A CWA INVESTMENT NEWS OP-ED
by Brad Sanders
CWA Digital News Investments Editor and Strategists at Tectonic Advisors Brad Sanders has covered the problems in China since 2010. You may even remember some of his stories encouraging readers to go to YouTube and search for “CHINA GHOST CITIES” and “CHINA GHOST MALL”. If you had, you would’ve seen the vastly built, yet uninhabited, cities and malls that perfectly embody the thing from which all of China’s stock, debt and real estate market problems stem. And that thing is leverage.
On June 15 of this year, the Shanghai Composite Index hit a high of 5205. Exactly a month later as of this writing, the index sits at 3805, down just shy of 27 percent. More than 1500 stocks remain halted on the Chinese market, and the government is scrambling to find ways to prop the market up in order to avert full scale panic. The Chinese market has lost over two-thirds of what U.S. markets did in 2008 in roughly four weeks!
The meteoric rise in China’s stock market since 2012 has been in direct proportion to the amount of margin debt that has been created. The chart below — with the orange line representing the Shanghai Composite, and the white line representing outstanding margin debt – illustrates the direct correlation. They are nearly lockstep. As we have learned countless times in the U.S. – most recently after the dotcom bubble burst – this type of rampant speculation creates faux wealth in markets, is transient in nature, and never ends well for investors and for markets.
Problems in China also extend to their banking system, where banking assets have risen a whopping 500 percent since late 2004.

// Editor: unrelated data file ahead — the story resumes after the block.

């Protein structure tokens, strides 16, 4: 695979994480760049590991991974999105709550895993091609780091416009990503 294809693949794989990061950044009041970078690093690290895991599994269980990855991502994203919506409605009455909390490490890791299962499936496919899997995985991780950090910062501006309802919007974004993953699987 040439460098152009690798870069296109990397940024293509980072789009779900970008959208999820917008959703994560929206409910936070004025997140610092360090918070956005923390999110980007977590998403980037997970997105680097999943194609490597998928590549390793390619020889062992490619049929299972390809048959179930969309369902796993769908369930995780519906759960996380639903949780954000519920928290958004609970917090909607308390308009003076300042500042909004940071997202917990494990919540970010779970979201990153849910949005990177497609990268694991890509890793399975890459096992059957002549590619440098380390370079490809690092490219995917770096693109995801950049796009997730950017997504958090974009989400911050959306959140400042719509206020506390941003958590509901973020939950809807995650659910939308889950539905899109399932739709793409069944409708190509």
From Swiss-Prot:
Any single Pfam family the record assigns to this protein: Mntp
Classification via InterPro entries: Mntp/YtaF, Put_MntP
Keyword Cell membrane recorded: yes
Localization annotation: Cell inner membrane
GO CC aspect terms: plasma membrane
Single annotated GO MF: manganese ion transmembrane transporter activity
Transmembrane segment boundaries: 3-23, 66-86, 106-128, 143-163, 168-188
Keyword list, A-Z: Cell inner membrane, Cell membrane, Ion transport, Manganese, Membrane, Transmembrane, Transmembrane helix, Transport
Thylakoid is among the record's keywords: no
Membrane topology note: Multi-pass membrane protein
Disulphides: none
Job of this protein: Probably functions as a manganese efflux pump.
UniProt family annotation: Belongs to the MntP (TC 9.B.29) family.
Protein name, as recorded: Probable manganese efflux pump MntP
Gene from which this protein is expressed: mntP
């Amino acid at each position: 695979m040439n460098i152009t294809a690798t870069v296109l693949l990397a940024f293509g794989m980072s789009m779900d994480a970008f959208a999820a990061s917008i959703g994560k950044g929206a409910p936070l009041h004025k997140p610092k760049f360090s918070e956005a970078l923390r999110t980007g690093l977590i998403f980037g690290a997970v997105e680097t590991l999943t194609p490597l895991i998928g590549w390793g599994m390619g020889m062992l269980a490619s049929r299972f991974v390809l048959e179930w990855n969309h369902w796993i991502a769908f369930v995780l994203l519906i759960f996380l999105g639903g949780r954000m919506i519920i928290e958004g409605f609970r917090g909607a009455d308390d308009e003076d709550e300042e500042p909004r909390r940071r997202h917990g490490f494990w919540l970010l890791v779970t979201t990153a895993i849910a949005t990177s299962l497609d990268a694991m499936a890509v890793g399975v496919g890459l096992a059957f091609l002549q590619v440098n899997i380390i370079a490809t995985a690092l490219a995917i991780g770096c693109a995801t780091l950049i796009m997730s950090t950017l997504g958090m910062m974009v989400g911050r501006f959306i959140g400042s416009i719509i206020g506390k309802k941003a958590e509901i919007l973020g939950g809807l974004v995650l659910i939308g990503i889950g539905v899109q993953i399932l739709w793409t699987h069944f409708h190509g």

This is quite simply impossible to do without creating vast amounts of excess and bad debts that need to come out of the system at some point. And it appears that the time may be now. The damage in China has been somewhat contained so far, and has taken a backseat to the Greece and Grexit negotiations that have been more center stage. Both of these countries, however, represent risks that CWA investment strategy has accounted for in portfolio positioning for years. Macroeconomic issues are hard to time, which is why prudent investment strategies and risk management is always important – and not something that you can turn on and turn off on a whim. Five short weeks ago, China’s markets were up 113 percent over the previous year, and many wire houses were pitching massive investments in China to their clients.
Markets are fluid. Things move very fast and can change on a dime. This is why we have, and will continue, preaching prudence and discipline in our risk management processes. Investing is a marathon, not a sprint. If China continues at this rate, there’s a good chance those investors who’ve taken on debt to invest in its markets recently, will continue to see their savings and income sit precariously in the midst of monumental unrest — quite possibly, never even seeing the finish line.